Customs and Border Protection Gets Serious about Stopping Cross-Border Smuggling. Of EGGS!
A trip to the supermarket can be as scary as a trip to the gas station these days, especially if you have eggs on your shopping list. In some places around the country, a dozen eggs can set you back more than $8. Meanwhile, on the other side of the border in Mexico, you can pick up a pallet of 30 eggs for about $3.
Guess what that means? Yup, there has been a spike in egg smuggling across our porous southern border. A 108 percent increase in the number of illegal (or should we say, undocumented) eggs seized at the border between Oct. 1 and Dec. 31, to be precise. And, by golly, the brass at Customs and Border Protection (CBP) is aiming to do something about it.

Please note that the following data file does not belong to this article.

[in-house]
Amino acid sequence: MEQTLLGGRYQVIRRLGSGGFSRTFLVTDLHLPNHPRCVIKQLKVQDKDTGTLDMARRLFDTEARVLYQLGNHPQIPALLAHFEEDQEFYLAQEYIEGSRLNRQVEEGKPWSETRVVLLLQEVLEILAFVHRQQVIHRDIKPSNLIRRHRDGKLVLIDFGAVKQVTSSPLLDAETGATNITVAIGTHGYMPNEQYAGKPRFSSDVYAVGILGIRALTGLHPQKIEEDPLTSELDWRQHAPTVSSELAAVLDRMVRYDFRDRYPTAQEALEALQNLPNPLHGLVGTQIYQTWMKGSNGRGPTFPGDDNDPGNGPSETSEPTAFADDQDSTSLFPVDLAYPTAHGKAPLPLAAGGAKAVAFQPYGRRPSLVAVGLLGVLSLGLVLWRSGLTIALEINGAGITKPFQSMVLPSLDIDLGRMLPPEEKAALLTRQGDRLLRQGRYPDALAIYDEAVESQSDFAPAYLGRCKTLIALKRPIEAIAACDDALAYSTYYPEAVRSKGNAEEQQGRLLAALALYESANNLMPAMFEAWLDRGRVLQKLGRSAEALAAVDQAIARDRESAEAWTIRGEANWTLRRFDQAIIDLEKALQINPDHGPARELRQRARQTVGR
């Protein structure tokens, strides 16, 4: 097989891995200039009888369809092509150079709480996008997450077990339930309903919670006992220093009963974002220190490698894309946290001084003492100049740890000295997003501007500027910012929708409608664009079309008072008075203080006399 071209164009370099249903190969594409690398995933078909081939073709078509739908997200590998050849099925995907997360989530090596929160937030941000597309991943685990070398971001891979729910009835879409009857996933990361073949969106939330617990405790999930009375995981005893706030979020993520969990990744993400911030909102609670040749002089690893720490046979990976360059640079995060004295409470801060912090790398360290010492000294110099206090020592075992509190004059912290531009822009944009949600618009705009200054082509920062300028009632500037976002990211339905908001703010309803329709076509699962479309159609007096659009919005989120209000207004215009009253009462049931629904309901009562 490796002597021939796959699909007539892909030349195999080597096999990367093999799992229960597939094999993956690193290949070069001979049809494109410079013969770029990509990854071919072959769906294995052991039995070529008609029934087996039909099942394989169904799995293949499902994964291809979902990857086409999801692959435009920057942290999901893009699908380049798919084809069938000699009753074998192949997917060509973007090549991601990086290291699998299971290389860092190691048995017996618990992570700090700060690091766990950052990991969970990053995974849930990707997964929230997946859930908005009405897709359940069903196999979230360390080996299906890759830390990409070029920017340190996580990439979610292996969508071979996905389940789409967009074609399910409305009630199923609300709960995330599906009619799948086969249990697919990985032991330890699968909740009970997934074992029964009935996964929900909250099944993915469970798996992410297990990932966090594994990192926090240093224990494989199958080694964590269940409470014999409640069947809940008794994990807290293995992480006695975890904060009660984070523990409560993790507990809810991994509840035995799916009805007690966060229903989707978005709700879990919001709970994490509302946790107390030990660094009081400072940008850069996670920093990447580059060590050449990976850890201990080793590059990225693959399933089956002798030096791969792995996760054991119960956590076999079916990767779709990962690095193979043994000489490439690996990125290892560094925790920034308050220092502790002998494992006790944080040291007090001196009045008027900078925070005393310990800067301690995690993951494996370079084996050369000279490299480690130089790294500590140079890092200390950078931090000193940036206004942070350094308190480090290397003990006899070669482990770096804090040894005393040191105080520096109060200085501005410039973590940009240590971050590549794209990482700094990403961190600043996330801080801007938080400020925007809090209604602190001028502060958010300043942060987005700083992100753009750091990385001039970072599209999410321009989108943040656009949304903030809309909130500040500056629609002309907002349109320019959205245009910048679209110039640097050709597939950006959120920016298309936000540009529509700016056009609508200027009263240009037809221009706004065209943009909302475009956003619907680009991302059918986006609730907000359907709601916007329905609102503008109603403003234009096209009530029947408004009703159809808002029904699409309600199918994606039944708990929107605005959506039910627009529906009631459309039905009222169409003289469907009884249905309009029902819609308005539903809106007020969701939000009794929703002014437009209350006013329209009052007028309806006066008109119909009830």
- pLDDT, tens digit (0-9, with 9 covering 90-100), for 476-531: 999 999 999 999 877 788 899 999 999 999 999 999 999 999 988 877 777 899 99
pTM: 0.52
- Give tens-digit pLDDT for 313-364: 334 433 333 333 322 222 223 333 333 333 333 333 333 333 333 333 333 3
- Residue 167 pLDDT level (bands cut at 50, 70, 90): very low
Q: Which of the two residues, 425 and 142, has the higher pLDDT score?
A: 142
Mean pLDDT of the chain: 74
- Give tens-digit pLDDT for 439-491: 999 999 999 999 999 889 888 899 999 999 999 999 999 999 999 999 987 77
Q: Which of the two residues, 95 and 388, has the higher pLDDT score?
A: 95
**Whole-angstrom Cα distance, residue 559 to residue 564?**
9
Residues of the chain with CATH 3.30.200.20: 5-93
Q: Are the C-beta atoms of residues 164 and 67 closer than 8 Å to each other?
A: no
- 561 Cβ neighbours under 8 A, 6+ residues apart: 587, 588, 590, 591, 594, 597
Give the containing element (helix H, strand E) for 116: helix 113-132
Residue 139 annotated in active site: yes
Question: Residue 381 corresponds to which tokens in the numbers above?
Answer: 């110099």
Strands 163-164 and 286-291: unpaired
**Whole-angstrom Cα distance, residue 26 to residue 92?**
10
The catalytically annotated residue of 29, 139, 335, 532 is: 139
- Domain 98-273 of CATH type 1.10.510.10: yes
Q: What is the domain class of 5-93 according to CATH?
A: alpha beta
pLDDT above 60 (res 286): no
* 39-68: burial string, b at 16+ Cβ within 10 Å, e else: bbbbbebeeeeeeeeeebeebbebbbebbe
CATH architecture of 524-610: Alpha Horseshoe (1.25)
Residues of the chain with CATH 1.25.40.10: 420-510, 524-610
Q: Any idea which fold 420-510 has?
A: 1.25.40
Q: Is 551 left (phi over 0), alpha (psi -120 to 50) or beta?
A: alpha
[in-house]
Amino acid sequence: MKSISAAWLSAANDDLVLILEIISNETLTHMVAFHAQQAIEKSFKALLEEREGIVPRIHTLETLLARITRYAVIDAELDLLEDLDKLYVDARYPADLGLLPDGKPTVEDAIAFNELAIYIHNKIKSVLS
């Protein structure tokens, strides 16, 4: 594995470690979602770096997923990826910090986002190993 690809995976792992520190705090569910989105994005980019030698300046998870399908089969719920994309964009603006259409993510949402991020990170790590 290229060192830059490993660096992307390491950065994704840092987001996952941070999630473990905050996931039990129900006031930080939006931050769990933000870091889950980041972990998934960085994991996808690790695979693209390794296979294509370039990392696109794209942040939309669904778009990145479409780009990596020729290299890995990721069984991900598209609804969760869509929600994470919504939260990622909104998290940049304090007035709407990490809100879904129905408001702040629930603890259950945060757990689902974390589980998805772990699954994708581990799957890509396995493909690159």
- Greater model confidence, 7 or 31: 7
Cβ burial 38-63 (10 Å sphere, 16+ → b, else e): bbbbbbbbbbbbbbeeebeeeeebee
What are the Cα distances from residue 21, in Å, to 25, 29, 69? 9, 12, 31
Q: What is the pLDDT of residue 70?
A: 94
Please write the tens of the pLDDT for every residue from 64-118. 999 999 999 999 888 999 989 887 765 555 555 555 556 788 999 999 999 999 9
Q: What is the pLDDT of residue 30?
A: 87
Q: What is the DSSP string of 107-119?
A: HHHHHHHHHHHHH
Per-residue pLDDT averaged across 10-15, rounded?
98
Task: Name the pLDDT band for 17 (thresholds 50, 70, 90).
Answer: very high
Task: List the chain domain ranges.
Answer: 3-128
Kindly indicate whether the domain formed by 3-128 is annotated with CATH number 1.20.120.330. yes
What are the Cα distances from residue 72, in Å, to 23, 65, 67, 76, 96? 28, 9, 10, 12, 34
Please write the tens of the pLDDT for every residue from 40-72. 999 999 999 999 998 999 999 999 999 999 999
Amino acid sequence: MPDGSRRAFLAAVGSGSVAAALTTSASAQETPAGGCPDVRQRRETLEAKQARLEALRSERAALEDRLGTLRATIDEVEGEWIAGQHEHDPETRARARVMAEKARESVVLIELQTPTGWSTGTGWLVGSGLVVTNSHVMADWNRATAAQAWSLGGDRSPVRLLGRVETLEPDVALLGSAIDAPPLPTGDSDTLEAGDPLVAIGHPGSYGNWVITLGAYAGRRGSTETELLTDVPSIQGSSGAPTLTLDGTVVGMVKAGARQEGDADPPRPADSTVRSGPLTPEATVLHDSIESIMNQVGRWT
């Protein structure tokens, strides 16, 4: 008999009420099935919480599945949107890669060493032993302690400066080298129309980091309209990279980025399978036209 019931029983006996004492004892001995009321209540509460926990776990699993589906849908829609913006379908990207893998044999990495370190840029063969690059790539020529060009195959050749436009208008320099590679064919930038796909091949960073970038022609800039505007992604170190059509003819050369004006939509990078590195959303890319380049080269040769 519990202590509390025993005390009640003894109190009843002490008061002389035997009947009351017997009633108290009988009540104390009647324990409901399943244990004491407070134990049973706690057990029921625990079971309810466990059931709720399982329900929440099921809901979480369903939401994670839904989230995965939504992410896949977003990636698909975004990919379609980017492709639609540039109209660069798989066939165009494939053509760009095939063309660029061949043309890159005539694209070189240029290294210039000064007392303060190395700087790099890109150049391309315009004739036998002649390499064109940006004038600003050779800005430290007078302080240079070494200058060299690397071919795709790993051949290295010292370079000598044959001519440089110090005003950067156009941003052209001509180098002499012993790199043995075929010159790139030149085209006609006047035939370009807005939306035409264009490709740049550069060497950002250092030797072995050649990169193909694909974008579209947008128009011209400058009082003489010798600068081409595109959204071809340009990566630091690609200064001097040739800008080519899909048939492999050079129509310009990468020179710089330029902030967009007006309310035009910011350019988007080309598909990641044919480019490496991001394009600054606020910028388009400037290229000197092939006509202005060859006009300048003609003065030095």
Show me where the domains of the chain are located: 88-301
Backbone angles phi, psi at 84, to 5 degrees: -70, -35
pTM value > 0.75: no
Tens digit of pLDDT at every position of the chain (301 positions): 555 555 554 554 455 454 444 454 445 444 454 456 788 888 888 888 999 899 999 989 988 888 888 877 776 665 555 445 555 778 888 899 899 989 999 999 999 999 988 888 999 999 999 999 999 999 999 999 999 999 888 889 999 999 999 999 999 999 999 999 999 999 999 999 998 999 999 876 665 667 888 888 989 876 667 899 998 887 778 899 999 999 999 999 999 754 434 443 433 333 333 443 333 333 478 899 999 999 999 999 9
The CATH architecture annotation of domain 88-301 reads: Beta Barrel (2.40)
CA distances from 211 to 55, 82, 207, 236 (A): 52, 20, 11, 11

Jennifer De La O, the Director of Field Operations for the San Diego sector has responded by issuing a Tweet warning people about the dangers and consequences of egg smuggling. “The San Diego Field Office has recently noticed an increase in the number of eggs intercepted at our ports of entry. As a reminder, uncooked eggs are prohibited entry from Mexico into the U.S. Failure to declare agriculture items can result in penalties of up to $10,000.” That could be an awfully expensive omelet.
The message is very clear: Millions of illegal aliens? Sure. Tons of fentanyl? No problem. Eggs? That’s a $10,000 fine. We gotta draw the line somewhere!